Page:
Fear. Trepidation. To say they were the only things Kate felt as she tried to eat some breakfast. All the while avoiding direct eye contact with the other table guests. Would be an understatement. She also felt a certain sense of elation, nausea and a whole gamut of conflicting emotions. It was Sunday. It was her birthday. She had finally turned that magical number everyone always talked about. And, in a few hours, she was about to add to that long list of craziest things she’d done in her life.
This could turn out to be either the best birthday ever or—she didn’t finish the thought. The four other guests sat around her were bright and cheery chatting. And, in turn, it was inevitable they directed questions to her in making polite conversation. She met them as best she could with a painted smile. Meanwhile, strange butterflies stomped round her stomach. Twenty minutes later, upstairs alone in her room, she threw up in the toilet.
Nerves won out.
Kate wretched into the porcelain, on her knees; it was quick, bitter, and over in moments. Relieved, she sat on the corner of the bed and began chewing three sticks of gum at once. All the while fiddling with the gum packet unaware she was shredding the wrapping onto the carpet. The tiny fluttering pieces, gathered in a pile at her feet.
It was only just coming up for eight thirty. She had at least three hours, three long hours of nerves to deal with. Kate got up from the bed, went to the window, and looked out at the weather. It was cruel and bitter outside. Branches in the trees opposite, across the road, swayed to some hidden rhythm. Snow lay heaped up in banks, and small swirls of air made little ‘devils’ as flakes danced and twirled. The pavements were clear for the most part but icy in places. Today was definitely not a day to head out and walk the streets. Her only option in keeping her sanity a little longer, at least till the museum opened, were the book sellers. She hoped they still plied their trade up around 6th. She could bus or cab it up there and then hide away rummaging through musty old books and first editions she couldn’t afford. Or, she could sit here and chew her fingernails to the quick.
A little after nine, Kate climbed onboard a bus heading uptown.
Kate wondered if she had made a mistake, as she entered the large and grand looking medieval hall. She clutched her down-jacket and winter gear close to her chest. Had she some how missed the Poster? She thought she had done her usual routine of yesteryear. Had gone to the cafe for 12 noon and sat at a table almost in the same place, if memory served her right, and then? Waited, drumming her fingers on the plain white Formica tabletop.
Waiting and watching as the seconds turned to minutes. She had scanned what seemed like a hundred people, come and go, in the last thirty minutes. Minutes she’d spent eyeing each and everyone, ever hopeful. Some had given her a quizzical look when they became aware she was staring at them. Some gave her an annoyed look, some even smiled. But none, not one, had given her any sign that they might be the Poster of the Tribune ad.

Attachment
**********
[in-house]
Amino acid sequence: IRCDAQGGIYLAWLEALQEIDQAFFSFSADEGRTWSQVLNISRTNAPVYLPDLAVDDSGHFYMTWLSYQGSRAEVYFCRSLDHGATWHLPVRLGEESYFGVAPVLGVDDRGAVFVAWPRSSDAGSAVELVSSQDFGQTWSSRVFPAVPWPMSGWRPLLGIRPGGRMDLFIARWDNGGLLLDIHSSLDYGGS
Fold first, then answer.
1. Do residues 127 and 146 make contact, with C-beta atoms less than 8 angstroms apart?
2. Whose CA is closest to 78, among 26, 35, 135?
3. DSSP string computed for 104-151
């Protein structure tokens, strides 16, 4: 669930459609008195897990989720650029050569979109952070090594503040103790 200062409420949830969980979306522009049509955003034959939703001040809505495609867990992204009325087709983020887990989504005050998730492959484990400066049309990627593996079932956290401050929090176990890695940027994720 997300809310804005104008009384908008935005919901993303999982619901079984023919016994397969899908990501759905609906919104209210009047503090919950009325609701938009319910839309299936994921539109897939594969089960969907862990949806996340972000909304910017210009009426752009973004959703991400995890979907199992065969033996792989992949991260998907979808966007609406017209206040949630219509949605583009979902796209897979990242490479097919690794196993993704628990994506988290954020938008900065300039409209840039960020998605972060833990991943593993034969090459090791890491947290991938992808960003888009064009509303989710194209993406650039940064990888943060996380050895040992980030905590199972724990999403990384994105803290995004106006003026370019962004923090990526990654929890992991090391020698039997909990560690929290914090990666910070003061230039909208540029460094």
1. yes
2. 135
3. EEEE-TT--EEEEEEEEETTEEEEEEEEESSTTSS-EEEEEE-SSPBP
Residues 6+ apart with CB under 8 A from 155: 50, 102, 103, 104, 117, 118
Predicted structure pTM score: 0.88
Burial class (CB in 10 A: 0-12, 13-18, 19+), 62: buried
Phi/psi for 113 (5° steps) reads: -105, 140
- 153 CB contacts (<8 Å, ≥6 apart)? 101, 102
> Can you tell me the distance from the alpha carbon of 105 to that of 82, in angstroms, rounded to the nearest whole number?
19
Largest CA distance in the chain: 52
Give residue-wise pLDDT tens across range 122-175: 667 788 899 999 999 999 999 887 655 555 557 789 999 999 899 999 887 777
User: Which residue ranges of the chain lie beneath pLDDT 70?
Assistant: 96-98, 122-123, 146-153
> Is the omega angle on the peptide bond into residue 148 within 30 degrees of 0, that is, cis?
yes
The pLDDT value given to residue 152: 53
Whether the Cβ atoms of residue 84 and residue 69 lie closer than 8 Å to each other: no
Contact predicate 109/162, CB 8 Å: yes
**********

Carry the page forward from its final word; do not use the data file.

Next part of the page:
Nothing clicked. No one came and sat down and spoke in code: ‘It’s Winter and all the birds have flown south.’
She’d felt—what? Deflated? Confused?
Now, in the gloom of a place that had been one of her favourites spots, Kate stood beneath the giant suspended stained glass window. She took up the place she had always felt was hers. Where light and dark met on the parquet wooden floor. She never broke the perfect image cast down from above. Her feet stayed on the edge, in the dark. As if—as if she would never know the light, never step into it and—
And what? Kate asked herself. Know love?
Dear god what planet am I from?
For a brief moment Kate stared at her feet. She had the overwhelming feeling she just might cry. Something squeezed at her heart. Which now felt like the proverbial fly caught in liquid amber, struggling with the inevitable: a slow, cold death.
“You dropped your hat.” A quiet voice drew Kate from her thoughts.
“Pardon?” She said, not sure she had heard. She turned to see a woman appear out of the shadows from behind her. Tall and willowy was her first impression. The woman moved with a lithe natural grace toward her, before she bobbed down to retrieve the hat. Kate squatted down, following suit, a thank you rising to her lips. It never arrived.
The woman looked up and Kate found herself staring straight into a pair of forest-brown eyes. Eyes that held her in their thrall for several long heartbeats. She fell. Headlong. There was no doubt about it.
It was then that Kate saw the slow shy smile spread across the woman’s face and, without realising it, Kate let out a single word. “Oh!”
“I’m glad you came,” the woman said.
The words were innocuous enough yet, for the second time in as many days, Kate felt her heart do something strange. It exploded. A cascade of warmth spread throughout her chest, she slipped down onto one knee. The woman seemed to wait there for her, unmoving yet smiling.
“Yes—yes I came.” She heard herself reply, while trying hard to swallow and look away. She could do neither.
“Don’t faint on me will you.” The gentle eyes were full of concern.
“What? No!” Kate felt her face flush, as she finally managed to tear her gaze away. She stood. The woman rose with her, standing a good five or six inches taller than her.